CEV:  Is there going to be a full length album to follow these 6 songs later on this year or next?  

LB:  I'm always working on new material. I'm not sure right now if the next will be a full album or another EP. It's coming soon, I just can't say exactly when quite yet!

CEV:  When you start a new album or EP do you have any time frame as to when it will be done and what it will look like once it is completed?

LB:  Sometimes...Waiting On The 9 was actually done on a pretty strict deadline. We only had a certain amount of time to get everything done. I like working intensely every day like that. It's a fine line between haste and over thinking. I like to think I fall somewhere in between the two. But, I'm a perfectionist so it has to be done right or I won't release it.

CEV:  Do you still use a studio for recording your music or do you do some of it on home digital equipment? Do you have any preferences about using a studio versus using home recording equipment now that it has become so sophisticated?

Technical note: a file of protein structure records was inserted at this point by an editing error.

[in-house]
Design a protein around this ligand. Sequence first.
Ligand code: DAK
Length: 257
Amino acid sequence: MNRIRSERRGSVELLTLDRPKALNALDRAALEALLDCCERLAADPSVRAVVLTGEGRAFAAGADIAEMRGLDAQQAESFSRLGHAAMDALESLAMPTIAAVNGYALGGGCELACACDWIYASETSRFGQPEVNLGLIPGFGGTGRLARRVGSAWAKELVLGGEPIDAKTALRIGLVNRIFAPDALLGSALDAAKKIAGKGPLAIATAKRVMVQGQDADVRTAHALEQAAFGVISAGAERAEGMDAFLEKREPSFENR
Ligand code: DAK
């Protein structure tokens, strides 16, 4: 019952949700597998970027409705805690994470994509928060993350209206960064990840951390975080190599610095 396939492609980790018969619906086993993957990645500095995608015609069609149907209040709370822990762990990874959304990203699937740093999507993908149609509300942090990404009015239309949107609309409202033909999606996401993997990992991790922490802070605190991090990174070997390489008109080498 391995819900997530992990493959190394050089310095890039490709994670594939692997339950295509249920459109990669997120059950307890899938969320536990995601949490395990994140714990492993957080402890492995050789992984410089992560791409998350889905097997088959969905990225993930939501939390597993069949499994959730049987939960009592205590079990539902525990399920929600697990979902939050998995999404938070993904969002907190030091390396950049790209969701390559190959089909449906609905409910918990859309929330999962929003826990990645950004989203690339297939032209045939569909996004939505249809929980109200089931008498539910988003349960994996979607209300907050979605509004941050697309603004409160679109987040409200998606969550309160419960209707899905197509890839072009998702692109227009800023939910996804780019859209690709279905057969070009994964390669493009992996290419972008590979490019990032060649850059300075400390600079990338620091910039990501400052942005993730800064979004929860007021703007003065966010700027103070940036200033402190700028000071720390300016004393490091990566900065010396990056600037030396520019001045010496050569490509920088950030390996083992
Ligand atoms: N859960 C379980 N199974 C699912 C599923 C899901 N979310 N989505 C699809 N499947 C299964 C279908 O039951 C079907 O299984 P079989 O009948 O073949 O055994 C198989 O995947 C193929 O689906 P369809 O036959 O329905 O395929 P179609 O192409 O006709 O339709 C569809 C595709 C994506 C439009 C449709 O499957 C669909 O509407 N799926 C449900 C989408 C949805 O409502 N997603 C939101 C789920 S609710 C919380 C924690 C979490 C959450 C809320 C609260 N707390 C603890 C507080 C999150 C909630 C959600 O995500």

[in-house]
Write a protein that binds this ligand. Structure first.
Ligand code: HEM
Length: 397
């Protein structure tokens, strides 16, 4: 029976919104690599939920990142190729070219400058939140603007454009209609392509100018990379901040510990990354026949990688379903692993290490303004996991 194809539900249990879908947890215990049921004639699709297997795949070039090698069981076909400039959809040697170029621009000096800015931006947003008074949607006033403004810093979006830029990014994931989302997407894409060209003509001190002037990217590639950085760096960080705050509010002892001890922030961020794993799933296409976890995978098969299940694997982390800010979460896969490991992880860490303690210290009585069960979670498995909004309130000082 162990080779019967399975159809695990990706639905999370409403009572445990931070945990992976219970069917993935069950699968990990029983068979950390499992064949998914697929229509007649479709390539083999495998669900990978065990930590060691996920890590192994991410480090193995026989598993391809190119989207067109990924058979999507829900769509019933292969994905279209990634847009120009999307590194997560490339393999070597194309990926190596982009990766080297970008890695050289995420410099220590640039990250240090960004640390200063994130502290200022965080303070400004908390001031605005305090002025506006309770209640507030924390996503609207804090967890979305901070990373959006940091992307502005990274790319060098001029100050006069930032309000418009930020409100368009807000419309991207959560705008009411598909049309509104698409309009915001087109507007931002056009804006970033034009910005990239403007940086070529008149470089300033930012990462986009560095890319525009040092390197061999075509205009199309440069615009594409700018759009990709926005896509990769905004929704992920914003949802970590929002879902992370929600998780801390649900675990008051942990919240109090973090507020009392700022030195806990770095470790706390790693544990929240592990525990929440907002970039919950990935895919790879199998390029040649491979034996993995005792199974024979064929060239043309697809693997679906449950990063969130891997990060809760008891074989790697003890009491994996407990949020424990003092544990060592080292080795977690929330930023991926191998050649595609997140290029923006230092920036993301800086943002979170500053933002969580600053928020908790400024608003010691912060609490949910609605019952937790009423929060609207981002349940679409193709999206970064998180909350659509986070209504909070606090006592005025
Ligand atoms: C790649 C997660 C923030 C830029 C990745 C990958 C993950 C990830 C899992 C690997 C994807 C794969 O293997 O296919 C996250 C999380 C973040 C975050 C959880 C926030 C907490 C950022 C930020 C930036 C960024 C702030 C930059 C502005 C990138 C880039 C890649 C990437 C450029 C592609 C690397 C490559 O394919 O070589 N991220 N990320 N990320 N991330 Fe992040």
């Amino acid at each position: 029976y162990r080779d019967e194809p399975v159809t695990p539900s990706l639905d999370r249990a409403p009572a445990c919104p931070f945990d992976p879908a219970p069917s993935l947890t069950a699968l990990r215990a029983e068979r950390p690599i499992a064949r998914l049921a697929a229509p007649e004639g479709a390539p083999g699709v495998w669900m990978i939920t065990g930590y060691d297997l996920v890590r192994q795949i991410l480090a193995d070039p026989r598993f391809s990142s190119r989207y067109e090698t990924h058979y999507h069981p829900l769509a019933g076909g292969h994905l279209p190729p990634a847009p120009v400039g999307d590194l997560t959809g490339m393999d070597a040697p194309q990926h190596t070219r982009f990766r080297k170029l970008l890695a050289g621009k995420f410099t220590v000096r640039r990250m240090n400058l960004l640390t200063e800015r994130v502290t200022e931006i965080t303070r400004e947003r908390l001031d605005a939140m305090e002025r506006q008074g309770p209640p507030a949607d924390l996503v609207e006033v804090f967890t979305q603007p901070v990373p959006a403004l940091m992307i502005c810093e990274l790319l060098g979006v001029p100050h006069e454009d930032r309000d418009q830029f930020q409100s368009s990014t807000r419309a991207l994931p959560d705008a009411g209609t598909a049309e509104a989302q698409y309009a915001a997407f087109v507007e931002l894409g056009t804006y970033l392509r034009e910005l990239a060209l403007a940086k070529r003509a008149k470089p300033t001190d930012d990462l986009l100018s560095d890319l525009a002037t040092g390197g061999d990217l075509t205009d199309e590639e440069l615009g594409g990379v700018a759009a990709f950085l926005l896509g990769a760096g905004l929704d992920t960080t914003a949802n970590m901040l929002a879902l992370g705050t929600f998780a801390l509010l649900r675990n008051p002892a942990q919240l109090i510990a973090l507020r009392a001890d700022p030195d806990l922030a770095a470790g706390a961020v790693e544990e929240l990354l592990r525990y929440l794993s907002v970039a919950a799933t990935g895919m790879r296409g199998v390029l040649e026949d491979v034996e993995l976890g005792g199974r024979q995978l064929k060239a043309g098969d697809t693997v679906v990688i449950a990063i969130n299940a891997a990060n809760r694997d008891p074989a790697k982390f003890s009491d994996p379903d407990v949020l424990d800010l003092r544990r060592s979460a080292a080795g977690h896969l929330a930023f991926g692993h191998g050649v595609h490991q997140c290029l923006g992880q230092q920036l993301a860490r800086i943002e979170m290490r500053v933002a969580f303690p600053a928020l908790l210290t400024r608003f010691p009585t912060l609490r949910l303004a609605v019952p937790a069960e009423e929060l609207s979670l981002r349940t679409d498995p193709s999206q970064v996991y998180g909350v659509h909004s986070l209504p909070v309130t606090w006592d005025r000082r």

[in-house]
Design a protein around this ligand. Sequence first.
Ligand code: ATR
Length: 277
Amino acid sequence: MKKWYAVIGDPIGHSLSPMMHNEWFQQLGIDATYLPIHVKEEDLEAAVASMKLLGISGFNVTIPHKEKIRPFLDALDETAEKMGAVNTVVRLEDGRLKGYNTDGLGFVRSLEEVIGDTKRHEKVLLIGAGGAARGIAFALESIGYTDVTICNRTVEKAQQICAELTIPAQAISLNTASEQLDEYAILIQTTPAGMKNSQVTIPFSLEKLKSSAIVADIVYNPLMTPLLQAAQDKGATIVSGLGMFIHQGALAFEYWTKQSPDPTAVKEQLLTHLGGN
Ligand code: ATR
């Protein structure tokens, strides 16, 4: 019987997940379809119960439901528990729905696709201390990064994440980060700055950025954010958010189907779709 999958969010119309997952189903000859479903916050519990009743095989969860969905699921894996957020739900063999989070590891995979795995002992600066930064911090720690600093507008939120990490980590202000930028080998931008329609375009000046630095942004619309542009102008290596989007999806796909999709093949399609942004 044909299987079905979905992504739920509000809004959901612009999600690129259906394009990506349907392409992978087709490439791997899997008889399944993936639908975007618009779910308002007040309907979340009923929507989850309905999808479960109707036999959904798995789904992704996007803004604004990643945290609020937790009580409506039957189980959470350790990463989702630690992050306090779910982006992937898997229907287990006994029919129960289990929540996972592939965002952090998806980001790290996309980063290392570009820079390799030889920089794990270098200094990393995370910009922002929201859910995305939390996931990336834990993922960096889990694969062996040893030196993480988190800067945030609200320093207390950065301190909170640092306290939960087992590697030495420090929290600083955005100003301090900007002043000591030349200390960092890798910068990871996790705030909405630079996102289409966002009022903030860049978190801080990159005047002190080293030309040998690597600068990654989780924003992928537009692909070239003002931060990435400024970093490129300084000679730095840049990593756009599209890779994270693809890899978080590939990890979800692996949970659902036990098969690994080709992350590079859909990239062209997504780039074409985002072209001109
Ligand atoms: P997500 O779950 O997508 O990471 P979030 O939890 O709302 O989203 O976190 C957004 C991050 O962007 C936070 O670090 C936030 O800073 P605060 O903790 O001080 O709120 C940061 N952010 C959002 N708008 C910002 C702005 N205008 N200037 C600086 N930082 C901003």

LB:  Well, I do some of both. I'm starting to get into doing stuff at home. There really is so much you can do with just your laptop and very minimal gear. But it really just depends on what you're looking for. I still love going in to the studio and making records because there's a lot I just can't do myself. What we did for WOT9 would have been impossible to do at home. So it all depends on what you need.  


CEV:  Do you have regular studio musicians or band members that appear in your music? What kind of rapport do you need with other musicians, producers, engineers etc. to make sure your music is realized the way that you imagined it when you were writing it down?

LB:  I do. I have a band here in LA called The Gimme 5's that played on my record and they gig with me as well. They are wonderful musicians and dear friends of mine. It's been a really cool collaborative experience working with them.